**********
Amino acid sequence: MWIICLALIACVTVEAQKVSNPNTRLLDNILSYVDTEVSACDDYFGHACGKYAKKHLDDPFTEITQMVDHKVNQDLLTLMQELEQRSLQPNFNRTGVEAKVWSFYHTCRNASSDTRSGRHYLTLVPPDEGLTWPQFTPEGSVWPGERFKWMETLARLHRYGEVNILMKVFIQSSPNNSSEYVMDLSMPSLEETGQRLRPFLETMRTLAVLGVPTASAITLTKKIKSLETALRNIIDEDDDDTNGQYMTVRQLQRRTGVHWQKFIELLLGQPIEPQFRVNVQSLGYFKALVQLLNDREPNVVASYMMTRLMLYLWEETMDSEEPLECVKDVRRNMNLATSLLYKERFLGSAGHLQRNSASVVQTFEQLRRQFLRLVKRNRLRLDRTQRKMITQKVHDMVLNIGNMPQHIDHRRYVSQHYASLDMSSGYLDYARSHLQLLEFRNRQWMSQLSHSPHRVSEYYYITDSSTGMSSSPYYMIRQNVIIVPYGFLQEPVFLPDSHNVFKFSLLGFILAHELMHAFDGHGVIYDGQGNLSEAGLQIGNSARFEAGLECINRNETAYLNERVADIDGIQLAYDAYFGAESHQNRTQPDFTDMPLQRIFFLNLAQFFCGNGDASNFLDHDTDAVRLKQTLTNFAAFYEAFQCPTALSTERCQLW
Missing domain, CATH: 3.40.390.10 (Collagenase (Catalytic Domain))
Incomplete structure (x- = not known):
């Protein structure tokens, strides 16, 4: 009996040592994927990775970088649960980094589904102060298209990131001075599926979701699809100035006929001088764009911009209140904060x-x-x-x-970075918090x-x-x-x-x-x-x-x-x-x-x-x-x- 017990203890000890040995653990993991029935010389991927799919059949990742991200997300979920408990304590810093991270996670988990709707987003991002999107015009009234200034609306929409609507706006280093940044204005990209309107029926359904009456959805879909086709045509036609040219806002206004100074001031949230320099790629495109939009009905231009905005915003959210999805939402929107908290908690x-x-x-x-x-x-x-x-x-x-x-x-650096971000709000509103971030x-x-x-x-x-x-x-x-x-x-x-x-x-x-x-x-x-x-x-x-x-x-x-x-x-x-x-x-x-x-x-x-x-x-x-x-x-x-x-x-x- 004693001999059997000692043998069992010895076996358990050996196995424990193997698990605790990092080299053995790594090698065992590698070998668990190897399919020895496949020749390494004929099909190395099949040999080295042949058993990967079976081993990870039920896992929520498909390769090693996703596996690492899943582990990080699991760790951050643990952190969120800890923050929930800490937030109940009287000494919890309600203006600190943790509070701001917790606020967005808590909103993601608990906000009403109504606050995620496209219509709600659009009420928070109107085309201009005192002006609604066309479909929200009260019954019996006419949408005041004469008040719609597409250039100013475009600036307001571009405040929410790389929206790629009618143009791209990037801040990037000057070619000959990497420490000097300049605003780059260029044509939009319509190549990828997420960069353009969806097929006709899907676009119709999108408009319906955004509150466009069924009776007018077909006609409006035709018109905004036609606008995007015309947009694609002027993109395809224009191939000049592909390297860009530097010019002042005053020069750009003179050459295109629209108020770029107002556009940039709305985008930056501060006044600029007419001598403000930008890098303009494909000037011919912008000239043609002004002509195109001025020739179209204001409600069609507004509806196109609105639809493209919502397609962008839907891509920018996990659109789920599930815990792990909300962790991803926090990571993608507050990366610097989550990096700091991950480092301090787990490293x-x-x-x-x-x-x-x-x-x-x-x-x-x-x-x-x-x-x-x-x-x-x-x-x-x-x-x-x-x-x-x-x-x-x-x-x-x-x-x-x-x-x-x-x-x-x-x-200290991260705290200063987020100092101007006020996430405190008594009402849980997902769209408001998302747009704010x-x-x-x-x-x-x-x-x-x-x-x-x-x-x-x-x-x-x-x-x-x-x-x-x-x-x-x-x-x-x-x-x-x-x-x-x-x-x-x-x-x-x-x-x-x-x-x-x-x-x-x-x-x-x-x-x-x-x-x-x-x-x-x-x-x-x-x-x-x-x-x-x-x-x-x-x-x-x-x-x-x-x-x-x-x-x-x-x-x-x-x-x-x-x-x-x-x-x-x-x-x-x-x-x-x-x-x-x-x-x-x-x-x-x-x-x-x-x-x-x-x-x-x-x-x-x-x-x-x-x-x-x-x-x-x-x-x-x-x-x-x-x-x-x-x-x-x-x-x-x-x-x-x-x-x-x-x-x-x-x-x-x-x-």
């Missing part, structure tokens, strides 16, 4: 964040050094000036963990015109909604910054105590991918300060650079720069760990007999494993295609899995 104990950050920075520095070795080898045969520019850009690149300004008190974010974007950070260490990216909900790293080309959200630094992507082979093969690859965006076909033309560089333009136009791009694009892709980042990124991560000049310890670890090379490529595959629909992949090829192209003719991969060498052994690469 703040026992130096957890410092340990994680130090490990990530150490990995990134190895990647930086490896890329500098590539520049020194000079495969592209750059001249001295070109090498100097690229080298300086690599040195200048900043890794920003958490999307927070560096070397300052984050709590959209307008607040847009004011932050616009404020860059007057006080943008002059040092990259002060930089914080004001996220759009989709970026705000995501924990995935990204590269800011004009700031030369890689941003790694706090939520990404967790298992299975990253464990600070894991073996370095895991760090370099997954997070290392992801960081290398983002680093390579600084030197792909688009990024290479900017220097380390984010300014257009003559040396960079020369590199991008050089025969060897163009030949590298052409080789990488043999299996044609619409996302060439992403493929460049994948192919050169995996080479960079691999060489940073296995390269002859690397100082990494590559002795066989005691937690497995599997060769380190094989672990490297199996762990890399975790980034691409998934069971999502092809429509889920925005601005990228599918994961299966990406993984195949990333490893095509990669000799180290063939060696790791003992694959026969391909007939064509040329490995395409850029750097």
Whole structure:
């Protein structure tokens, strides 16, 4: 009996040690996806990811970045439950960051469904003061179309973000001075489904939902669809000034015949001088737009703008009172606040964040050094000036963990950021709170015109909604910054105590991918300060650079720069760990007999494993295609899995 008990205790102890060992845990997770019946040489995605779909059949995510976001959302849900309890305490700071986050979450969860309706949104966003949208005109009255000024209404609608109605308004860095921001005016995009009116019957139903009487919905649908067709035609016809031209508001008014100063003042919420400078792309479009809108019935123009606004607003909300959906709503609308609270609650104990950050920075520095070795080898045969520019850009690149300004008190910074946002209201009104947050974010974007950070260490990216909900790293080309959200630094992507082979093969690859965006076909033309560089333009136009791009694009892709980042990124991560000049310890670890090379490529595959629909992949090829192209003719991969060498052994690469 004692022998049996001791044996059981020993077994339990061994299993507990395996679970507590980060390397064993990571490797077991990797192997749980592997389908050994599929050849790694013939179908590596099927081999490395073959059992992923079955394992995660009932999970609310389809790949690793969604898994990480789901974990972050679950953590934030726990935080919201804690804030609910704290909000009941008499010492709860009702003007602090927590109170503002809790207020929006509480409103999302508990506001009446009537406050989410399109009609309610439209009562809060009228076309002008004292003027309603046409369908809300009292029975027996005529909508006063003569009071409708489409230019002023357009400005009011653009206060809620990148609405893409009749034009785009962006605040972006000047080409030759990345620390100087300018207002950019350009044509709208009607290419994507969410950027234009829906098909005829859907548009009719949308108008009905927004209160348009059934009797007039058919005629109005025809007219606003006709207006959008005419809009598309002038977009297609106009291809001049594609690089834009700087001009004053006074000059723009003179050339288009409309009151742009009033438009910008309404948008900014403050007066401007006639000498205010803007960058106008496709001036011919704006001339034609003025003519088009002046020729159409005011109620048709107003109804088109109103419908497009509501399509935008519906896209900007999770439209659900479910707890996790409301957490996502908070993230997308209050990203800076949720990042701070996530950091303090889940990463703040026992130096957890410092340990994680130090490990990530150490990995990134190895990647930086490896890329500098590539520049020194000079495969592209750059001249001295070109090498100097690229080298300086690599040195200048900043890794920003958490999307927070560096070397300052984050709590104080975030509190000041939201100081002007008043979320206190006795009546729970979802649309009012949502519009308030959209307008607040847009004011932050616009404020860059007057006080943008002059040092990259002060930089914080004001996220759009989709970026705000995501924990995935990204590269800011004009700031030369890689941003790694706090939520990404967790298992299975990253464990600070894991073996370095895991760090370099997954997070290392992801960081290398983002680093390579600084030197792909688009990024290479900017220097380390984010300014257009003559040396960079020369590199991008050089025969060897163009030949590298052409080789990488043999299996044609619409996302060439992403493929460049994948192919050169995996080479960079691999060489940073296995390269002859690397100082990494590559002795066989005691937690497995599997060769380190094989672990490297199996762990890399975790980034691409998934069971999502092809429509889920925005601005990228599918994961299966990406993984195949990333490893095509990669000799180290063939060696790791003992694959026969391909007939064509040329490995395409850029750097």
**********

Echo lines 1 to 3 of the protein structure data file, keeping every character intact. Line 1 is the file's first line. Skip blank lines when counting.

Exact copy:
Amino acid sequence: MWIICLALIACVTVEAQKVSNPNTRLLDNILSYVDTEVSACDDYFGHACGKYAKKHLDDPFTEITQMVDHKVNQDLLTLMQELEQRSLQPNFNRTGVEAKVWSFYHTCRNASSDTRSGRHYLTLVPPDEGLTWPQFTPEGSVWPGERFKWMETLARLHRYGEVNILMKVFIQSSPNNSSEYVMDLSMPSLEETGQRLRPFLETMRTLAVLGVPTASAITLTKKIKSLETALRNIIDEDDDDTNGQYMTVRQLQRRTGVHWQKFIELLLGQPIEPQFRVNVQSLGYFKALVQLLNDREPNVVASYMMTRLMLYLWEETMDSEEPLECVKDVRRNMNLATSLLYKERFLGSAGHLQRNSASVVQTFEQLRRQFLRLVKRNRLRLDRTQRKMITQKVHDMVLNIGNMPQHIDHRRYVSQHYASLDMSSGYLDYARSHLQLLEFRNRQWMSQLSHSPHRVSEYYYITDSSTGMSSSPYYMIRQNVIIVPYGFLQEPVFLPDSHNVFKFSLLGFILAHELMHAFDGHGVIYDGQGNLSEAGLQIGNSARFEAGLECINRNETAYLNERVADIDGIQLAYDAYFGAESHQNRTQPDFTDMPLQRIFFLNLAQFFCGNGDASNFLDHDTDAVRLKQTLTNFAAFYEAFQCPTALSTERCQLW
Missing domain, CATH: 3.40.390.10 (Collagenase (Catalytic Domain))
Incomplete structure (x- = not known):